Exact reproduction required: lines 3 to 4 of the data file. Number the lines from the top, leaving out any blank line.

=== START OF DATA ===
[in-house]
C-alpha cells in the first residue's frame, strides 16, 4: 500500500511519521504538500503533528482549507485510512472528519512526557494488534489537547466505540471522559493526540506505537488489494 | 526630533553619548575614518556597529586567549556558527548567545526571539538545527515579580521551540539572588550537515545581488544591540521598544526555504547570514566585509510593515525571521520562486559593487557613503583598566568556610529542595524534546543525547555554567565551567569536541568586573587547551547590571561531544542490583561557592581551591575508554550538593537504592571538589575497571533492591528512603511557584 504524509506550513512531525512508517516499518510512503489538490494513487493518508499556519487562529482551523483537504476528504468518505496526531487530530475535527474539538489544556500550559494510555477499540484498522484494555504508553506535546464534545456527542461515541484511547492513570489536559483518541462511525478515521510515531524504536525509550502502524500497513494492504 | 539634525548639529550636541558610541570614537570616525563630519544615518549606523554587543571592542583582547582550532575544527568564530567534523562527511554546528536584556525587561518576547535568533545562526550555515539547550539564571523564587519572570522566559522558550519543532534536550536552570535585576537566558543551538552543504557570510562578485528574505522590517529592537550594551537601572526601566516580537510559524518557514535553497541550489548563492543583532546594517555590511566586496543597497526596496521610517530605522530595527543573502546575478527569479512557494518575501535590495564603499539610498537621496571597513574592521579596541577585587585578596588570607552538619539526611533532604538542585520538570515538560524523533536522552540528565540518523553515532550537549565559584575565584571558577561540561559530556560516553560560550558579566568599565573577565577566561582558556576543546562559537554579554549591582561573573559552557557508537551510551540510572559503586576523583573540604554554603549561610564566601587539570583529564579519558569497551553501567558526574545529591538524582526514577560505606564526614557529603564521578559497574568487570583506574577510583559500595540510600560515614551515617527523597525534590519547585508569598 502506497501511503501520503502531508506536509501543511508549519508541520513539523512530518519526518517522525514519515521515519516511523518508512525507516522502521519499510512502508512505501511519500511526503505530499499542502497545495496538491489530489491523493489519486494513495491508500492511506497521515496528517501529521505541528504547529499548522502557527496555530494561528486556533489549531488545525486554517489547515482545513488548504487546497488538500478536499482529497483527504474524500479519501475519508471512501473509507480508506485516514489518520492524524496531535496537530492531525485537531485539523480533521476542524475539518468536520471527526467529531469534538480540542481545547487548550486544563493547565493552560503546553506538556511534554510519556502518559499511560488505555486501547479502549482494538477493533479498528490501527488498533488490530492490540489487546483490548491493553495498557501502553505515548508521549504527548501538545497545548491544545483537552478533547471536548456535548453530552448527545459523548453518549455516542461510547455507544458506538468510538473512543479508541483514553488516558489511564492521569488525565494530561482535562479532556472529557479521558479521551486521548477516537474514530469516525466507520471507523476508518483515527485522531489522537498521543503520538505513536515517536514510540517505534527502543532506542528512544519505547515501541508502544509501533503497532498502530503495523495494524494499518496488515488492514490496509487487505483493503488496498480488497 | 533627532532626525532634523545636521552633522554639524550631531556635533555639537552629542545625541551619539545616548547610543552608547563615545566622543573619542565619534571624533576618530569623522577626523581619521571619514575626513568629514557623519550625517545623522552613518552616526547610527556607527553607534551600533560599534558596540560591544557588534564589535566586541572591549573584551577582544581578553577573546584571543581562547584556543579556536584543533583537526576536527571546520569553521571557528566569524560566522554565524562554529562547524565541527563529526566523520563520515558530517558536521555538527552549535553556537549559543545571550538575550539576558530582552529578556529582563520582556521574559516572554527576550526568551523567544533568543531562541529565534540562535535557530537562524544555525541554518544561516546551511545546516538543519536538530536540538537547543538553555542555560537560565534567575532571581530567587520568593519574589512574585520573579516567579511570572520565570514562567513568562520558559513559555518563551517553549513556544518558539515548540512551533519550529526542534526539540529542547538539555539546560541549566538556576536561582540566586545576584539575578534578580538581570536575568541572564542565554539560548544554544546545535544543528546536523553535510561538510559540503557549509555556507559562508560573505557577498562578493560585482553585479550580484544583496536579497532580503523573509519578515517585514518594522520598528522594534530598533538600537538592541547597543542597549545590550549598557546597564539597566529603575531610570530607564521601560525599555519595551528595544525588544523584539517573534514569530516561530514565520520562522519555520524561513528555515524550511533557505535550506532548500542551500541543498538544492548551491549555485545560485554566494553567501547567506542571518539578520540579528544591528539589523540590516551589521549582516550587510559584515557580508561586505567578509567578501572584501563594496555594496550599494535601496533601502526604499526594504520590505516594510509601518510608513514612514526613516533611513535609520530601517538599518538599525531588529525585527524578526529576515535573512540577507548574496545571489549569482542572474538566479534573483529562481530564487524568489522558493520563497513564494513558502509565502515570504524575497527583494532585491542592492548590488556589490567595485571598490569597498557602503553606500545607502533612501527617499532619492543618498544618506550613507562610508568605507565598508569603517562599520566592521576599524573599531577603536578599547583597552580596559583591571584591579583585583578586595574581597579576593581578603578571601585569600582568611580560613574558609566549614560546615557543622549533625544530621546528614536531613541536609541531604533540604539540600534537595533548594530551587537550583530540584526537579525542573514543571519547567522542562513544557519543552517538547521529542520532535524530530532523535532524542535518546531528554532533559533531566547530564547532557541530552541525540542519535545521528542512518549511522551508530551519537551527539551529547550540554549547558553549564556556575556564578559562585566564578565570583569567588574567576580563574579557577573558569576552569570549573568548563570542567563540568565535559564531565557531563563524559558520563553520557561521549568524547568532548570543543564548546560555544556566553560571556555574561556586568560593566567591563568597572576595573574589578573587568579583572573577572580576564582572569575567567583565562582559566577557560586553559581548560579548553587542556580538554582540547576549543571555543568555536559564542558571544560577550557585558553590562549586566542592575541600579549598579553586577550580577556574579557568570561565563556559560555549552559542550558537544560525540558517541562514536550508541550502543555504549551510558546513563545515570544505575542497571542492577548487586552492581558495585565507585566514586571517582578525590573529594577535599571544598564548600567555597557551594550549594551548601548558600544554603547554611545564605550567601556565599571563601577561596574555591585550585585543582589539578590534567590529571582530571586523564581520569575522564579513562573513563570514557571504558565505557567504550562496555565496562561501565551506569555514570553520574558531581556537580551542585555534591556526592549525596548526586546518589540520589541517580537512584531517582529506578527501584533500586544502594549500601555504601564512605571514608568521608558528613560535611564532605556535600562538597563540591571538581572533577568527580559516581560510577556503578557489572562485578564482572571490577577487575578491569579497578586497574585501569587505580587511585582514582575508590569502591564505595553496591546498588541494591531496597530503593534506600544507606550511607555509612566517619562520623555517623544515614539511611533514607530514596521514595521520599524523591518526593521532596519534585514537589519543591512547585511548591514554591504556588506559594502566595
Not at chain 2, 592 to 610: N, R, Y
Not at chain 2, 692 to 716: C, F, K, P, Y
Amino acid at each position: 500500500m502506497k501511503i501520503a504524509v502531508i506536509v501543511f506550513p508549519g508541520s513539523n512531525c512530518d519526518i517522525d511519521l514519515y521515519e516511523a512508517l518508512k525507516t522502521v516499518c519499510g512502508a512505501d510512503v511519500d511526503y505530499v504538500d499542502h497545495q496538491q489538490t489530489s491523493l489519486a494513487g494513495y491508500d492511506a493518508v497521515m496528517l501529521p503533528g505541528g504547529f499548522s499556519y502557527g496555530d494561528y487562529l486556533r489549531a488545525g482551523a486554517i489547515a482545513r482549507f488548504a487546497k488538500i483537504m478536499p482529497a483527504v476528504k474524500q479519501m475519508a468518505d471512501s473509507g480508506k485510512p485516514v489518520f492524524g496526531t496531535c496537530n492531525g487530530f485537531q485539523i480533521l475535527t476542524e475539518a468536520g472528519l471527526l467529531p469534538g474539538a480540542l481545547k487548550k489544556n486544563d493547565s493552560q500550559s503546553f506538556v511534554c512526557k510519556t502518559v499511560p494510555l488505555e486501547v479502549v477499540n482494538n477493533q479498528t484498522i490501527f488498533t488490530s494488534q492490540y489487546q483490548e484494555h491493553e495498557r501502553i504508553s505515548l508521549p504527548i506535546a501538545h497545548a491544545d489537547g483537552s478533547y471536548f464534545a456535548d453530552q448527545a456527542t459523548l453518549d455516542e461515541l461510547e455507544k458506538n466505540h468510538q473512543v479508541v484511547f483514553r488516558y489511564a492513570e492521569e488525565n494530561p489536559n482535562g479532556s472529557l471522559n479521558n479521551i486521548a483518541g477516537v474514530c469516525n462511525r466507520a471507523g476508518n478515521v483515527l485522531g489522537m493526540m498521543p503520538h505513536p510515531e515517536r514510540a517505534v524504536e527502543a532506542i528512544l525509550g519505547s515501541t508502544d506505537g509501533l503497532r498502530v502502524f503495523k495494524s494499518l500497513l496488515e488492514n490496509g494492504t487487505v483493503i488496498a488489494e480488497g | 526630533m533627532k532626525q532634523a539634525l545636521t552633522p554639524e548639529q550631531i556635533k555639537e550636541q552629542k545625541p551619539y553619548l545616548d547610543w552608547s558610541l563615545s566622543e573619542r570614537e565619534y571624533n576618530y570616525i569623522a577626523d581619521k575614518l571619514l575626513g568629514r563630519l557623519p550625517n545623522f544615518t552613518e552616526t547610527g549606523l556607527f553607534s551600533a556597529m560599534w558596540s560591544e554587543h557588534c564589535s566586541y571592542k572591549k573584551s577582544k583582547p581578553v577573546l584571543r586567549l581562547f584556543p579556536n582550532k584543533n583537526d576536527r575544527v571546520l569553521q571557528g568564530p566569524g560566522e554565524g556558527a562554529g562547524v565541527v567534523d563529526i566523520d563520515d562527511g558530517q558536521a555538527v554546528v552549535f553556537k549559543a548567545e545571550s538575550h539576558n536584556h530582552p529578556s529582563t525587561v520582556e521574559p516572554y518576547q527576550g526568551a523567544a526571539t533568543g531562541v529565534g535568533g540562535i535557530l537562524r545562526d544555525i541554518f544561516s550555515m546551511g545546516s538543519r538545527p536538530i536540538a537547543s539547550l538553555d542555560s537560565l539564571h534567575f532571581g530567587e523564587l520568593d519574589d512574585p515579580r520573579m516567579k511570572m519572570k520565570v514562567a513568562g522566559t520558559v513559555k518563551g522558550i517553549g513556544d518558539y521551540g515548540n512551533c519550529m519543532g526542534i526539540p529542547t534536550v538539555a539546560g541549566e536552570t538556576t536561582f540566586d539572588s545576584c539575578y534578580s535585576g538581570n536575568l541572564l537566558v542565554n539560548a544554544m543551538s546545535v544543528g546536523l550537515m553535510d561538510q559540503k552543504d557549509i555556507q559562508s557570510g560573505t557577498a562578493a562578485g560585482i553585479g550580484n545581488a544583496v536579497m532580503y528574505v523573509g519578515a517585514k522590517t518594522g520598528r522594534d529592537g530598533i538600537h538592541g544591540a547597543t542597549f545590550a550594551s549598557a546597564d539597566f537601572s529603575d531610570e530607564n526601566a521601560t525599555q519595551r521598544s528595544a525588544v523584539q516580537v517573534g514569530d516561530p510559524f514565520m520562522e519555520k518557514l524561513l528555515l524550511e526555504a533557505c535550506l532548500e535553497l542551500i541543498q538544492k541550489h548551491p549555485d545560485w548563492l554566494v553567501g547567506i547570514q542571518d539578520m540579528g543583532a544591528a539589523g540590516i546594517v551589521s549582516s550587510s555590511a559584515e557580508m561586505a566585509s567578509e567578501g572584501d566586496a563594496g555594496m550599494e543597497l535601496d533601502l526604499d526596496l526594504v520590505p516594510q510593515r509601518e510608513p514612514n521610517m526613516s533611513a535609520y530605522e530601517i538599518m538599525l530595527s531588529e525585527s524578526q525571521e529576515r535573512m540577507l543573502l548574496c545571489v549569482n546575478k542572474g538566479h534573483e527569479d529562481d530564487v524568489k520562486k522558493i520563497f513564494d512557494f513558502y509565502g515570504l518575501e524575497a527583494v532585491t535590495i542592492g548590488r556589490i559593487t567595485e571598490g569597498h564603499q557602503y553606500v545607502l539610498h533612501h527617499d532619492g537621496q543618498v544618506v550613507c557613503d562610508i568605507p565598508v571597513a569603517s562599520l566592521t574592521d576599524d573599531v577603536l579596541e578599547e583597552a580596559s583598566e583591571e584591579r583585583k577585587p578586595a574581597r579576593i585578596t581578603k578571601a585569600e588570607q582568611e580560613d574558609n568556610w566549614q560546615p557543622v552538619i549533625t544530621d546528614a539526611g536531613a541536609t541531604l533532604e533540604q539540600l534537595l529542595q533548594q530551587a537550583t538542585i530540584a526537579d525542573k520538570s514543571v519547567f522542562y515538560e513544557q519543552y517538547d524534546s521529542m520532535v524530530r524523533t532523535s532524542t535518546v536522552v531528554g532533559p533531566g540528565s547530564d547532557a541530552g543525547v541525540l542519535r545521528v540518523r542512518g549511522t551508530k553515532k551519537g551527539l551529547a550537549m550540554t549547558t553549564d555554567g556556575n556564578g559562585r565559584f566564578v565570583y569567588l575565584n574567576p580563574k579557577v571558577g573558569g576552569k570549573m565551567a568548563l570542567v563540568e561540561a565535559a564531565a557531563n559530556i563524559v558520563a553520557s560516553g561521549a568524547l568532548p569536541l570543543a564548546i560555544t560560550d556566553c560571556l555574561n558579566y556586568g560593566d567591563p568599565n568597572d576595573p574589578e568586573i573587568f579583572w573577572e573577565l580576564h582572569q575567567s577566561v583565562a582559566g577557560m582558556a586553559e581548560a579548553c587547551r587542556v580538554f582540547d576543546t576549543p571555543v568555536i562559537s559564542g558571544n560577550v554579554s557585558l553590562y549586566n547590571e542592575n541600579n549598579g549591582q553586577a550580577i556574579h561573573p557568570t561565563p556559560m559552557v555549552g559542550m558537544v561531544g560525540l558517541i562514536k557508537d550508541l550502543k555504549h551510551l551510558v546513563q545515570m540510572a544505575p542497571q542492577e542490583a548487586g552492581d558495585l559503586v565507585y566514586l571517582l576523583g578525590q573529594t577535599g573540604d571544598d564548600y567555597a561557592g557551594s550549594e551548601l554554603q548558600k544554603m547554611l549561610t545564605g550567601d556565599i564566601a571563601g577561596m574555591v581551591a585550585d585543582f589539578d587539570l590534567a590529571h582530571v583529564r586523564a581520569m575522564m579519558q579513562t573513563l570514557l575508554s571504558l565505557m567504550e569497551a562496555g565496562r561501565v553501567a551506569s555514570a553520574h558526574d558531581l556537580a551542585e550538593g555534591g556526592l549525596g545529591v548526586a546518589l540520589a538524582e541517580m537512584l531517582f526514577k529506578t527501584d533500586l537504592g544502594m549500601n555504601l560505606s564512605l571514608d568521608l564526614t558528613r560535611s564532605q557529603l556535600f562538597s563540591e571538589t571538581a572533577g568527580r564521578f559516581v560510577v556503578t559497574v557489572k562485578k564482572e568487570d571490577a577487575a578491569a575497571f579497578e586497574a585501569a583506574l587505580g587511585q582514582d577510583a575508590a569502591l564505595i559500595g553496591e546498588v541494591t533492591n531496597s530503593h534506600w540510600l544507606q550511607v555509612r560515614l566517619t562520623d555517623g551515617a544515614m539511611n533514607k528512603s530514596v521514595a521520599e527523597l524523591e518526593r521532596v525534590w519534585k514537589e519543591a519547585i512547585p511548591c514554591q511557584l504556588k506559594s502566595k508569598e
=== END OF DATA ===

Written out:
Not at chain 2, 592 to 610: N, R, Y
Not at chain 2, 692 to 716: C, F, K, P, Y